Context-aware middleware chains for Go web applications
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README.md

Stack
Build Status GoDoc

Stack provides an easy way to chain your HTTP middleware and handlers together and to pass request-scoped context between them. It's essentially a context-aware version of Alice.

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Usage

Making a chain

Middleware chains are constructed with stack.New():

stack.New(middlewareOne, middlewareTwo, middlewareThree)

You can also store middleware chains as variables, and then Append() to them:

stdStack := stack.New(middlewareOne, middlewareTwo)
extStack := stdStack.Append(middlewareThree, middlewareFour)

Your middleware should have the signature func(*stack.Context, http.Handler) http.Handler. For example:

func middlewareOne(ctx *stack.Context, next http.Handler) http.Handler {
  return http.HandlerFunc(func(w http.ResponseWriter, r *http.Request) {
    // do something middleware-ish, accessing ctx
    next.ServeHTTP(w, r)
  })
}

You can also use middleware with the signature func(http.Handler) http.Handler by adapting it with stack.Adapt(). For example, if you had the middleware:

func middlewareTwo(next http.Handler) http.Handler {
  return http.HandlerFunc(func(w http.ResponseWriter, r *http.Request) {
    // do something else middleware-ish
    next.ServeHTTP(w, r)
  })
}

You can add it to a chain like this:

stack.New(middlewareOne, stack.Adapt(middlewareTwo), middlewareThree)

See the codes samples for real-life use of third-party middleware with Stack.

Adding an application handler

Application handlers should have the signature func(*stack.Context, http.ResponseWriter, *http.Request). You add them to the end of a middleware chain with the Then() method.

So an application handler like this:

func appHandler(ctx *stack.Context, w http.ResponseWriter, r *http.Request) {
   // do something handler-ish, accessing ctx
}

Is added to the end of a middleware chain like this:

stack.New(middlewareOne, middlewareTwo).Then(appHandler)

For convenience ThenHandler() and ThenHandlerFunc() methods are also provided. These allow you to finish a chain with a standard http.Handler or http.HandlerFunc respectively.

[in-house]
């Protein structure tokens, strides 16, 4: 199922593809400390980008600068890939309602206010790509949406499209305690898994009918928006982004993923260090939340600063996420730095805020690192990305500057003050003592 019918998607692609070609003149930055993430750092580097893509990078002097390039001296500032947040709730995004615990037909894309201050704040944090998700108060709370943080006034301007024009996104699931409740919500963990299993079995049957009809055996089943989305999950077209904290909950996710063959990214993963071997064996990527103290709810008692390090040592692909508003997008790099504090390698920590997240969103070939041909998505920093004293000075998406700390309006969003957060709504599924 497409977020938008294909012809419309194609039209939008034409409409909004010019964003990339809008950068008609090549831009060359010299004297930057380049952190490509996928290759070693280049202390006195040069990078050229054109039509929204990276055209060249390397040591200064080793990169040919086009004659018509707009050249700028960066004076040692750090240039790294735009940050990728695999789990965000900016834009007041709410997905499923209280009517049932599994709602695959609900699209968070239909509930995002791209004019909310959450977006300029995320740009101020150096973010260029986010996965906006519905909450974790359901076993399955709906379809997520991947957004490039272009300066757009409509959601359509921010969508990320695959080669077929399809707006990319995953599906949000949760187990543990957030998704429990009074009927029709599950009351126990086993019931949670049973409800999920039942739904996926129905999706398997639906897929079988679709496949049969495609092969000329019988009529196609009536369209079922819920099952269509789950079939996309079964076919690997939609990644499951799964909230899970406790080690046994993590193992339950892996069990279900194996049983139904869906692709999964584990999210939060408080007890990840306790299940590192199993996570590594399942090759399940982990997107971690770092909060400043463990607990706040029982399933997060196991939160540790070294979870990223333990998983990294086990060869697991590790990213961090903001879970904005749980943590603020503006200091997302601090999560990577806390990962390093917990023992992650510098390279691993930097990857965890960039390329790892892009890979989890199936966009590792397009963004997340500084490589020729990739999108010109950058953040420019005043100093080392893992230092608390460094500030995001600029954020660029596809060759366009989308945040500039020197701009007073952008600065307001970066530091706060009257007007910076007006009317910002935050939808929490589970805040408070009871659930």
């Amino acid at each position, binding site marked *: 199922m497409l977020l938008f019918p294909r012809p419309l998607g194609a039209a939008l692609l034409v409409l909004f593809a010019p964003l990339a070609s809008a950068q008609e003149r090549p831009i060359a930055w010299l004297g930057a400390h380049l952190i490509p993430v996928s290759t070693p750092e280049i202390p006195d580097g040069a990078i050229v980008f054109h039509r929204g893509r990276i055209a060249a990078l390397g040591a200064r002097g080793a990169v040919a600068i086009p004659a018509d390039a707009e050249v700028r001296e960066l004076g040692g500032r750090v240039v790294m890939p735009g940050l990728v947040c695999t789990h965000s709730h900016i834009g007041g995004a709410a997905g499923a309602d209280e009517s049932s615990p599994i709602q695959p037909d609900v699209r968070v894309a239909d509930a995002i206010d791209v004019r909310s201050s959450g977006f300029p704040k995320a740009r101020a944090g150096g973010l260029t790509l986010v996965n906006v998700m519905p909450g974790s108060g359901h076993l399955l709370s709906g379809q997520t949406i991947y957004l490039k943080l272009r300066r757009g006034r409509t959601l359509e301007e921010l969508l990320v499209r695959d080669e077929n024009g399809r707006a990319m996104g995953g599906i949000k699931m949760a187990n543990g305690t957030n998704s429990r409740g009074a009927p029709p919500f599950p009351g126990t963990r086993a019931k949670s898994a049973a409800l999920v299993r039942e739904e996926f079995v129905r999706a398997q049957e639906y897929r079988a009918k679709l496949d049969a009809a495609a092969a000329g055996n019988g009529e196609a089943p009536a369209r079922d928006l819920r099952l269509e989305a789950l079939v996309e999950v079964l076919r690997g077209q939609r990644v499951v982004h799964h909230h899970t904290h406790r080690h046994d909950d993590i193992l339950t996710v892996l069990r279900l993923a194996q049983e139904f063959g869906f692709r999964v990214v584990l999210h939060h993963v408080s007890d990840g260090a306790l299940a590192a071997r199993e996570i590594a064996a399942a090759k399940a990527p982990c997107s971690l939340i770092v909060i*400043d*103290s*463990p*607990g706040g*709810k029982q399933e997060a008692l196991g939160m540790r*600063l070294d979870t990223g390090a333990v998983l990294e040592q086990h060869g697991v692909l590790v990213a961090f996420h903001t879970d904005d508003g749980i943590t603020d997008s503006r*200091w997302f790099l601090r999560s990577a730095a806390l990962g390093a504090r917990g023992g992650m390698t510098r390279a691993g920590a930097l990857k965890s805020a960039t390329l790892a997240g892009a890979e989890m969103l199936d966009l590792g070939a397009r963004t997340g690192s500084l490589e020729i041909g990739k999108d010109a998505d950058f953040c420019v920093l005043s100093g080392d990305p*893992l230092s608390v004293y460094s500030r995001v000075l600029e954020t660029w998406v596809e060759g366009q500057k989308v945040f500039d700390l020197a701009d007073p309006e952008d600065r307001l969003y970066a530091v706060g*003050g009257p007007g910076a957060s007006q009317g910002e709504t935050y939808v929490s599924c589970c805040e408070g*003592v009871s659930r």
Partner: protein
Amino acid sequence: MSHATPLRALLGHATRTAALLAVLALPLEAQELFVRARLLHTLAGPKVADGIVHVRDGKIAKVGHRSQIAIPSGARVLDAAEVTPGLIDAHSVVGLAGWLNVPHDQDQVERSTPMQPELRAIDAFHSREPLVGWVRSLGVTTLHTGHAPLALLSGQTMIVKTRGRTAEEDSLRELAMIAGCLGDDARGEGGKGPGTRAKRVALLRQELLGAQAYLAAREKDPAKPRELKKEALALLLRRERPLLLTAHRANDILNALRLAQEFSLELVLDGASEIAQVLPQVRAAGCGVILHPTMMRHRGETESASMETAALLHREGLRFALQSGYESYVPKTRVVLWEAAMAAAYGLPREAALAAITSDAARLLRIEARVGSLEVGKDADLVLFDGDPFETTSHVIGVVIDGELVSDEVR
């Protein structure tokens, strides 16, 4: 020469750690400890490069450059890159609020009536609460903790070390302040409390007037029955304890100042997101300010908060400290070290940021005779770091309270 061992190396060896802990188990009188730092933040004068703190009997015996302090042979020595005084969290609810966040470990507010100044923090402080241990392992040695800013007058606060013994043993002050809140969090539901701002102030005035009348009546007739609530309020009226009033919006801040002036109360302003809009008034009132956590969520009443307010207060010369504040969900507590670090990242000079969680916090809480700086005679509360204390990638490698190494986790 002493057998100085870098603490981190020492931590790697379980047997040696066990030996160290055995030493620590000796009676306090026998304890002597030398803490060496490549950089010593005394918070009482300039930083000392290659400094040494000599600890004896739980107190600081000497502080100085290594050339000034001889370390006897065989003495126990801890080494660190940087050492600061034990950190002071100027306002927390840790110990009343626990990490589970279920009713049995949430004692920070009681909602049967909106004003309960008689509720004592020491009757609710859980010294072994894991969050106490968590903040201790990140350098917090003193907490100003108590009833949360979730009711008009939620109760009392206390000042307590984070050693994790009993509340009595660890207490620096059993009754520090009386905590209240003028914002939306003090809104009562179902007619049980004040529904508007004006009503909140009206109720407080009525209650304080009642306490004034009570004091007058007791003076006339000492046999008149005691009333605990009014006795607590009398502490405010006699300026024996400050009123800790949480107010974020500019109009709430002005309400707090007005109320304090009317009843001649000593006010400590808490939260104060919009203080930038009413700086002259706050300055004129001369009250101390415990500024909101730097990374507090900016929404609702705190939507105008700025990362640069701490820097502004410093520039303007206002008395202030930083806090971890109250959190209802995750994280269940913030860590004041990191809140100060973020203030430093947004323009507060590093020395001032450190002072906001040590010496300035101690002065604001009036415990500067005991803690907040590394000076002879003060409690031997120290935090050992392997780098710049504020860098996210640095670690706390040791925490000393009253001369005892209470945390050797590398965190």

For example, you could use a standard http.FileServer as the application handler:

fs :=  http.FileServer(http.Dir("./static/"))
http.Handle("/", stack.New(middlewareOne, middlewareTwo).ThenHandler(fs))

Once a chain is 'closed' with any of these methods it is converted into a HandlerChain object which satisfies the http.Handler interface, and can be used with the http.DefaultServeMux and many other routers.

Using context

Request-scoped data (or context) can be passed through the chain by storing it in stack.Context. This is implemented as a pointer to a map[string]interface{} and scoped to the goroutine executing the current HTTP request. Operations on stack.Context are protected by a mutex, so if you need to pass the context pointer to another goroutine (say for logging or completing a background process) it is safe for concurrent use.

Data is added with Context.Put(). The first parameter is a string (which acts as a key) and the second is the value you need to store. For example:

func middlewareOne(ctx *stack.Context, next http.Handler) http.Handler {
  return http.HandlerFunc(func(w http.ResponseWriter, r *http.Request) {
    ctx.Put("token", "c9e452805dee5044ba520198628abcaa")
    next.ServeHTTP(w, r)
  })
}

You retrieve data with Context.Get(). Remember to type assert the returned value into the type you're expecting.

func appHandler(ctx *stack.Context, w http.ResponseWriter, r *http.Request) {
  token, ok := ctx.Get("token").(string)
  if !ok {
    http.Error(w, http.StatusText(500), 500)
    return
  }
  fmt.Fprintf(w, "Token is: %s", token)
}

Note that Context.Get() will return nil if a key does not exist. If you need to tell the difference between a key having a nil value and it explicitly not existing, please check with Context.Exists().

Keys (and their values) can be deleted with Context.Delete().

Injecting context

It's possible to inject values into stack.Context during a request cycle but before the chain starts to be executed. This is useful if you need to inject parameters from a router into the context.

The Inject() function returns a new copy of the chain containing the injected context. You should make sure that you use this new copy – not the original – for subsequent processing.

Here's an example of a wrapper for injecting httprouter params into the context:

func InjectParams(hc stack.HandlerChain) httprouter.Handle {
  return func(w http.ResponseWriter, r *http.Request, ps httprouter.Params) {
    newHandlerChain := stack.Inject(hc, "params", ps)
    newHandlerChain.ServeHTTP(w, r)
  }
}

A full example is available in the code samples.

Example

package main

import (
  "net/http"
  "github.com/alexedwards/stack"
  "fmt"
)

func main() {
  stk := stack.New(token, stack.Adapt(language))

  http.Handle("/", stk.Then(final))

  http.ListenAndServe(":3000", nil)
}

func token(ctx *stack.Context, next http.Handler) http.Handler {
  return http.HandlerFunc(func(w http.ResponseWriter, r *http.Request) {
    ctx.Put("token", "c9e452805dee5044ba520198628abcaa")
    next.ServeHTTP(w, r)
  })
}

func language(next http.Handler) http.Handler {
  return http.HandlerFunc(func(w http.ResponseWriter, r *http.Request) {
    w.Header().Set("Content-Language", "en-gb")
    next.ServeHTTP(w, r)
  })
}

func final(ctx *stack.Context, w http.ResponseWriter, r *http.Request) {
  token, ok := ctx.Get("token").(string)
  if !ok {
    http.Error(w, http.StatusText(500), 500)
    return
  }
  fmt.Fprintf(w, "Token is: %s", token)
}

Code samples

TODO

  • Add more code samples (using 3rd party middleware)
  • Make a chain.Merge() method
  • Mirror master in v1 branch (and mention gopkg.in in README)
  • Add benchmarks